PRESS RELEASE - April 16, 2002
Physicians for Compassionate Care
P.O. Box 6042
Portland, Oregon 97228
(503) 533-8154; Fax (503) 533-0429
ASSISTED-SUICIDE RULING EXPECTED WEDNESDAY
Wednesday morning, April 17, 2002, at 9:00 A.M., U.S. District Court
Judge Jones is expected to release his decision on Oregon v. Ashcroft.
Dr. Gregory Hamilton, spokesperson for Physicians for Compassionate
Care, said, “I expect Judge Jones to make his decision based
on technical, legal grounds rather than on the basis of broad Constitutional
issues or social policy.” Either way this Court decides, the
case is likely to be appealed. Physicians for Compassionate Care
has submitted a friend of the court
brief, which can be found at www.pccef.org., in support of the
Justice Department ruling that no state can exempt itself from federal
law forbidding the use of federally controlled substances for the
non-medical purpose of assisted suicide. Federal authority already
exists in this area.
The Justice Department’s nuanced and careful ruling adds protections
for doctors and patients. It clarifies that aggressive pain management
is legitimate medical care even if in rare instances it may increase
the likelihood of a patient’s death. Both the ruling and letters
to doctors clearly state that doctors’ prescribing practices
will NOT be receiving increased scrutiny. Only the assisted-suicide
reporting forms themselves will be needed. Dr. Hamilton is outraged
at attempts by assisted-suicide advocates to frighten patients by
misrepresenting the Justice Department ruling as creating new investigative
authority when the ruling only adds protection to doctors and patients. “These
misleading scare tactics by assisted-suicide proponents are irresponsible
and unfounded." Since 1992, ten states have strengthend laws against
assisted suicide and added reassurances like those in the DOJ ruling.
In every case, per capita morphine use increased the following year.
The average increase was more than 50%.
The most recent Oregon Health Division report demonstrates that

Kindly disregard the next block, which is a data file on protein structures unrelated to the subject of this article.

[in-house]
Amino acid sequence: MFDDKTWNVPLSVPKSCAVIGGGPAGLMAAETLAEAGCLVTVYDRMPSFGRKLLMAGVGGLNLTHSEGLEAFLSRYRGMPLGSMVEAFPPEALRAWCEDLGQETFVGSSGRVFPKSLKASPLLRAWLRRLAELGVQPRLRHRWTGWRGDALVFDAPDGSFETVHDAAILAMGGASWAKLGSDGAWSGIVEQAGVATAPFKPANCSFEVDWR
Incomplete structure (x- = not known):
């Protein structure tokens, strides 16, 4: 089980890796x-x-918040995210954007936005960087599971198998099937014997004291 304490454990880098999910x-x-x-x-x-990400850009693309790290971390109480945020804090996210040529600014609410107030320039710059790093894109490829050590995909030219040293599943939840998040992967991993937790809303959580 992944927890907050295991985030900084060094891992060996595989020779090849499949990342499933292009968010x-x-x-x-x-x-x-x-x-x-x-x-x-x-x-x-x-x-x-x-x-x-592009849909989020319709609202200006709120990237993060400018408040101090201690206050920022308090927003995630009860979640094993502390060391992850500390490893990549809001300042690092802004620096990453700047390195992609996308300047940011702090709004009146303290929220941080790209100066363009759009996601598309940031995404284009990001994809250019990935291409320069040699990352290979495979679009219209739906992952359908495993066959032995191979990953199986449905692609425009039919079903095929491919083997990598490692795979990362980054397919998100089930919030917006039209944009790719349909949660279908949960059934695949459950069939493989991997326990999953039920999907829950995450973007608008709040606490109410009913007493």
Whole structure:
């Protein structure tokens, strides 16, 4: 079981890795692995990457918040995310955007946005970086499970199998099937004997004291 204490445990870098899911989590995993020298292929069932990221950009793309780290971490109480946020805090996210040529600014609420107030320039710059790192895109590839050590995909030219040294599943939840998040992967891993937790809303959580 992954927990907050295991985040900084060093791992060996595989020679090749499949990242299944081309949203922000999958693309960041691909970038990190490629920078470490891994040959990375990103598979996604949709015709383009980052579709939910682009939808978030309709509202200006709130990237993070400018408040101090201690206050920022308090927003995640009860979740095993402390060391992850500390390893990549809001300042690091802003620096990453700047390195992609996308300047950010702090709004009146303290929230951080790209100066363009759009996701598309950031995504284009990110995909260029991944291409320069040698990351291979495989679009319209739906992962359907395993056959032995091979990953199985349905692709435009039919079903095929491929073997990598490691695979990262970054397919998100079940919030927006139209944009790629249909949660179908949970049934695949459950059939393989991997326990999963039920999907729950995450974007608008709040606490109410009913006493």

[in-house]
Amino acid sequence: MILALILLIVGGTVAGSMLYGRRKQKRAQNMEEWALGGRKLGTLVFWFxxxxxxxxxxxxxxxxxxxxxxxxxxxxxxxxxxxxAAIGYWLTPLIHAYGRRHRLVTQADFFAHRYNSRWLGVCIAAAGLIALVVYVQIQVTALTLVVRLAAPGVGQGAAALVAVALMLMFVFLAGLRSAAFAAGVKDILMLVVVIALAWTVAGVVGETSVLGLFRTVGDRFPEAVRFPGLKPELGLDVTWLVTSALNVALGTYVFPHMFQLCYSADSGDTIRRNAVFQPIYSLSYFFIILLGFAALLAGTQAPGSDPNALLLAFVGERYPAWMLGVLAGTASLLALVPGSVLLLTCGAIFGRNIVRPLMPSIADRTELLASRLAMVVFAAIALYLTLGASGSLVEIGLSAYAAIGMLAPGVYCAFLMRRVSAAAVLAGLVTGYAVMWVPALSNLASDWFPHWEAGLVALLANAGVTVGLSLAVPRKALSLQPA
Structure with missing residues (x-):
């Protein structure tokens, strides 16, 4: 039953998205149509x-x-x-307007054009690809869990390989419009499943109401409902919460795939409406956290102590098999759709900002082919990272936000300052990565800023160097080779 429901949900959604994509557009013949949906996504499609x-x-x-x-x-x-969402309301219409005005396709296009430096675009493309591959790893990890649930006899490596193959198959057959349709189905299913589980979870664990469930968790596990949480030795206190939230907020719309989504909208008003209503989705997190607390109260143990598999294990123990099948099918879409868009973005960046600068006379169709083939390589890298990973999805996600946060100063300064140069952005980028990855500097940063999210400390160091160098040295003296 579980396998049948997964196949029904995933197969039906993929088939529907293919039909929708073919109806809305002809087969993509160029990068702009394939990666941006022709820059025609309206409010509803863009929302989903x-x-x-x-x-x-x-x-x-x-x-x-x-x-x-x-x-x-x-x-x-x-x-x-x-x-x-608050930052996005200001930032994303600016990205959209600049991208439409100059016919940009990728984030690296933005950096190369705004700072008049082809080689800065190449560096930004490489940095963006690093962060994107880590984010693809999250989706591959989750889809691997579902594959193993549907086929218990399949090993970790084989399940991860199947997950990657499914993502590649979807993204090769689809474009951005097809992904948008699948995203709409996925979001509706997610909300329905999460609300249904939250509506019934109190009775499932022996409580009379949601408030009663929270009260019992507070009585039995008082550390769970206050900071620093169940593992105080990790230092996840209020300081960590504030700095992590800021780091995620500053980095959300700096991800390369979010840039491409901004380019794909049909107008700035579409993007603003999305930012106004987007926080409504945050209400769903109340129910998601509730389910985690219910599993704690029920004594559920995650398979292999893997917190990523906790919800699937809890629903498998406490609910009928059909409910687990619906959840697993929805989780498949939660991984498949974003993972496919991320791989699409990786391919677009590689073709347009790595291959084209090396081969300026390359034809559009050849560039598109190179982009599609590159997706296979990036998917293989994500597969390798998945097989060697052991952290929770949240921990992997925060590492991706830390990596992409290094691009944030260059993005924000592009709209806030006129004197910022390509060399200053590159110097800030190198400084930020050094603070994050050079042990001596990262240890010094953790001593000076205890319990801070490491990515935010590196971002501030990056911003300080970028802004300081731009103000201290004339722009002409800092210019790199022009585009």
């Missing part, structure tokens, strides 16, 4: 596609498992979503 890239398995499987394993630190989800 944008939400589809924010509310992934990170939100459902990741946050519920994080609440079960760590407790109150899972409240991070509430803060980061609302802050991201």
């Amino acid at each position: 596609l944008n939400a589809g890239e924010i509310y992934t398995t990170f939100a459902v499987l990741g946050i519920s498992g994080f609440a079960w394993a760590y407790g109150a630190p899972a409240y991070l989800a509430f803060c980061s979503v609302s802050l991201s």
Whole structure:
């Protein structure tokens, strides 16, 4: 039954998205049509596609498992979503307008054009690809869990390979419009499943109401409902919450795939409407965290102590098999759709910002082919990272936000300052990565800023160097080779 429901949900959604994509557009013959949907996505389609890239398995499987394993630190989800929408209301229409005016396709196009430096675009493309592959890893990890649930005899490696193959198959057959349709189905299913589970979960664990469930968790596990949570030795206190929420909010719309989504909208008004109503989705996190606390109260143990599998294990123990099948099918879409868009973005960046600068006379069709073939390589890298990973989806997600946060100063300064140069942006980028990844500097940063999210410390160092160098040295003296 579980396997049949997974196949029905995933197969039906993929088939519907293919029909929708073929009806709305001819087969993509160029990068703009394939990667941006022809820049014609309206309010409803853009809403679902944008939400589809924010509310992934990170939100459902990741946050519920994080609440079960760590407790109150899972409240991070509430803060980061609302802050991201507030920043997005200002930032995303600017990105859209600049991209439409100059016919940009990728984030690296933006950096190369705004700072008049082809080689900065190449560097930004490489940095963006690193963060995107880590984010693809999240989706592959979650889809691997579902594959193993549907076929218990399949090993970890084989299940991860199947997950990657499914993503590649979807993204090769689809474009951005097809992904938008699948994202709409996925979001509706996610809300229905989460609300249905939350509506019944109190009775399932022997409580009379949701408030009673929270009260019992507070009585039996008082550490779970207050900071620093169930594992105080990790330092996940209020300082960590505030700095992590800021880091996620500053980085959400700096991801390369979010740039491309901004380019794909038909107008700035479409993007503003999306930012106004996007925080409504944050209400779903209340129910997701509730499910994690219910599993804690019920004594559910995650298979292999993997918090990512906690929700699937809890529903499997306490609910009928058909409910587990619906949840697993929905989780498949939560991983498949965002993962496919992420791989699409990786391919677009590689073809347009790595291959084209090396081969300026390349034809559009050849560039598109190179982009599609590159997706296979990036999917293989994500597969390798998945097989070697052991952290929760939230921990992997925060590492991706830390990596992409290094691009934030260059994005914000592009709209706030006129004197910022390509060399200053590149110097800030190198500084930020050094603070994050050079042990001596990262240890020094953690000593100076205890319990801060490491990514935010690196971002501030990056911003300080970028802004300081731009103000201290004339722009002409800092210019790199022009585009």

there was not one case of assisted suicide in 2001 where uncontrollable
pain was documented as the primary motive. Dr. Hamilton noted, “The
reasons for overdoses were all psychological and social concerns,
not pain.” This is consistent with the Journal of the American
Medical Association (12/13/00) finding that, “Among patients
who were neither depressed nor hopeless, none had high desire for
hastened death” (p.2910). “That’s because we
can treat pain,” Hamilton said. “The problem is depression
and feelings of hopelessness, feelings which can be made worse by
the assisted- suicide proponents’ exaggerated and grotesque
portrayals of the normal dying process.”
The first publicly reported assisted-suicide case was diagnosed
as depressed. In another case, Kate Cheney was given an overdose
by Kaiser HMO despite being found ineligible for assisted suicide,
because she was demented and under pressure from her family. Other
dangers and abuses are documented in the PCC brief and in a newly
released book, The Case Against Assisted Suicide for the Right to
End of Life Care, by Drs. Foley and Hendin, Johns Hopkins Press,
The Justice Department ruling protects patients against such abuses
and protects pain care.
All statements may be quoted as from Dr. Gregory Hamilton, spokesperson
for PCC, where he is co-founder and past-president. For further
information call Dr. Hamilton at (503) 816-2224.